Hypnosis fascinates me
by Jose Silva
By the late 1940s, the study of hypnosis had attracted my attention. I had read about hypnosis in several psychology books and wondered how difficult it would be to learn it.
I was trying to figure out how to start when I read an ad in a San Antonio newspaper about a hypnotist who was teaching weekend classes.
I went to San Antonio every weekend to attend the course, and bought the books the hypnotist recommended. I also researched as far back as I could to find books covering the beginning of hypnosis, from the days when the practice was called "magnetism," then "mesmerism," and finally "hypnotism."
During my research, study, and practice of hypnosis and hypnoanalysis, I came across information about many famous men who played a part in the history of this technique. He was John Van Helmont (1577-1644) who used to cure wounds with loadstones, stones from the magnetic variety of the mineral known as magnetite. People believed back then that applying movements with a loadstone over a wound would accelerate the healing process.
Athanasius Kircher (1601-1680) experimented with cataleptic trance of animals.
John Joséph Gassner (1727-1779), a catholic priest, went on record as being the first medical hypnotist.
I began to observe certain common characteristics in my research: there was usually a strong belief, a faith, involved in the process, and often some kind of trance state was involved with either the healer or the subject.
Franz Anton Mesmer (1734-1815) came on the scene. He was born in Vienna, studied theology and law, held both a Ph.D. and an M.D. but never practiced.
In 1784 one of Mesmer's students, Marquis Chastenet De Puysegur, became known for practicing with Mesmer's research findings.
It was Abbe De Faria (1756-1819) who went on record as being the first "hypnotist" because he used the phrase, "Go to sleep."
Du Potent, around 1820, was appointed by the French Academy of Medicine to observe the benefits of hypnosis in medicine.
By the year 1846, Dr. John Elliotson (1808-1863) had already trained subjects to use clairvoyance for diagnosing obscure, difficult-to-diagnose health cases. On June 25, 1946, Dr. Elliotson delivered "The Harveian Oration" in which he explained how he used these clairvoyants to diagnose obscure health problems.
In July 1846, Dr. Esdaile (1808-1859) established a temporary hospital in Calcutta, India, to research the use of Mesmeric passes as an anesthetic to be used in surgery. Dr. Esdaile performed hundreds of painless surgical operations, including major operations such as amputations, with this kind of anesthesia. Dr. Esdaile also found that the incidence of infection when this kind of anesthesia was used was only five percent of the infection rate with chemical anesthesia.
Dr. James Braid (1795-1860) was using mesmerism in 1841. It was Dr. Braid who changed the name of mesmerism to hypnotism. He coined the word "hypnotism" because he thought he was putting his subjects to sleep. He adopted the Greek word "Hypnos," which means "Sleep."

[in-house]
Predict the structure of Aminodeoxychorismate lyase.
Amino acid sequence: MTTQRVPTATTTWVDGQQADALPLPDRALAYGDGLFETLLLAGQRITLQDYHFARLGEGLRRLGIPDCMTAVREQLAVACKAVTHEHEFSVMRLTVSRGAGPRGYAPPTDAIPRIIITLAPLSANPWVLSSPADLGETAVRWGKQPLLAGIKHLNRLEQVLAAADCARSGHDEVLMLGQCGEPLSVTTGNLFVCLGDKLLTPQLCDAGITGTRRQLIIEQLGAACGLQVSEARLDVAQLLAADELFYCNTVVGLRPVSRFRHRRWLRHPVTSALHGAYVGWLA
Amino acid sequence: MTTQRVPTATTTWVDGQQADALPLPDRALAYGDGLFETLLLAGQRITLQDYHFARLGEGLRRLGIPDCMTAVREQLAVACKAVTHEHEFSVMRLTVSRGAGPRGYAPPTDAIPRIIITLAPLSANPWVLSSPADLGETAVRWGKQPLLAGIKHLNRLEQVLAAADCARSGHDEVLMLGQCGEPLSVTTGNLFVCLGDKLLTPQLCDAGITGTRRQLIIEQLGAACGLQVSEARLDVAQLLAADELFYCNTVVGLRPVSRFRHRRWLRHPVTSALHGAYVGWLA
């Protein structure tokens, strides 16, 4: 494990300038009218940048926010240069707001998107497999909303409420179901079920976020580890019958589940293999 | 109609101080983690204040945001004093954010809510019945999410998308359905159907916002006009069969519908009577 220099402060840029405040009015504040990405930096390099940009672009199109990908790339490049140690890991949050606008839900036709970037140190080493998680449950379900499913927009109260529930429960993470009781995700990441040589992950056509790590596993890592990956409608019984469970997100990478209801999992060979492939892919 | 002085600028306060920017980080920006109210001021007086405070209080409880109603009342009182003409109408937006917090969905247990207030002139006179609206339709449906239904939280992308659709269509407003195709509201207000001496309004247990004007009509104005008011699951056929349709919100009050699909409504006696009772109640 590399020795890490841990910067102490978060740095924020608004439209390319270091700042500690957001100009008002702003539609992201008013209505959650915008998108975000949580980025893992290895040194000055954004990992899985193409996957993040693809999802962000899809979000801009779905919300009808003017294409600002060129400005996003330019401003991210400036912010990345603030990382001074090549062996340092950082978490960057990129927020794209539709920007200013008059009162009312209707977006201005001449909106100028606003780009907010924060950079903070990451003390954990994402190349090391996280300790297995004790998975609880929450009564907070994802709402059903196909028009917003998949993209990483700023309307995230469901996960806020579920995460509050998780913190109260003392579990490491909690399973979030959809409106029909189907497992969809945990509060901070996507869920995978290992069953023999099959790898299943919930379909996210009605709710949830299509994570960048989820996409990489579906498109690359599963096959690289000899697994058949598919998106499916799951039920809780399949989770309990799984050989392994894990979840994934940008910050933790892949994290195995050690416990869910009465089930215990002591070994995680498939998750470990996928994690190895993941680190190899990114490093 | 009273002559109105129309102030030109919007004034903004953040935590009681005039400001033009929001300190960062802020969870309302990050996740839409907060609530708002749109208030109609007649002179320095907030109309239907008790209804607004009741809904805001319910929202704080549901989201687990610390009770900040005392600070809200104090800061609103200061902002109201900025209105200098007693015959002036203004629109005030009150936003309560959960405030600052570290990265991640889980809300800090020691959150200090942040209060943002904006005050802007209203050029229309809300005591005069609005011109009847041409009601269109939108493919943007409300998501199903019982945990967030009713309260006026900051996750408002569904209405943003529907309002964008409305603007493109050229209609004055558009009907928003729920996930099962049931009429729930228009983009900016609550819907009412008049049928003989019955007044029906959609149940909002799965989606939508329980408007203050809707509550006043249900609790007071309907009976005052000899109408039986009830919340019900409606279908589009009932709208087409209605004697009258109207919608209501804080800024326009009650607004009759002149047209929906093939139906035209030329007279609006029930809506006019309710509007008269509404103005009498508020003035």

Later, Dr. Braid became aware that the state of mind that his subjects were entering was not a sleep state, but a state of greater awareness. He tried then to change the name, but it was too late. He had already published a book for medical doctors, titled Hypnotism for Medical Use. Although he knew the word he had created was a misnomer and tried to correct it, the term "hypnosis" has been used ever since.
At one time, Dr. Braid offered to demonstrate the benefits of hypnotism in medicine to the British Medical Association, but the association refused the demonstration.
In 1841, the Nancy School of Medicine was founded by Dr. Liebeault, while Dr. Jean Martin Charcot (1825-1893), a neurologist, founded the Salpetriere School of Medicine in Paris.
Professor Bernheim published a book, De La Suggestion (Suggestive Therapeutics) in 1884. He and Dr. Liebeault have gone on record as the "fathers of modern hypnotism.
Another person who appeared on the scene who recognized and used clairvoyants to diagnose health problems was Phineas Parkhurst Quimby (1802-1866).
Quimby made his transition three years after Dr. John Elliotson made his. I am not aware that they obtained information about clairvoyants from each other, but they seemed to have done a lot of things that were very similar.
It was Quimby who healed Mary Baker Eddy, who later became Quimby's pupil. It was later revealed that Mary Baker Eddy established a system of healing and established the Christian Science religion.
By 1949, just five years after I'd started studying psychology on my own as a soldier during the final part of the Second World War, I was practicing hypnosis and had formulated a method of mental training that I thought would help children do better in school.
My first projects did not deal with healing and clairvoyance, but with toning down my children's hyperactivity, and increasing their attention span and their concentration.
I had a regular routine worked out with the children, but one day that routine was disrupted in a way that began to bring all of my experiences in life and my study, research, and investigation to a focal point, and then started me onto a new path that led to a new career and to the establishment of a new science that is destined to change our entire way of life on this planet and the way we function as humans beings.
Next: My daughter starts guessing my mind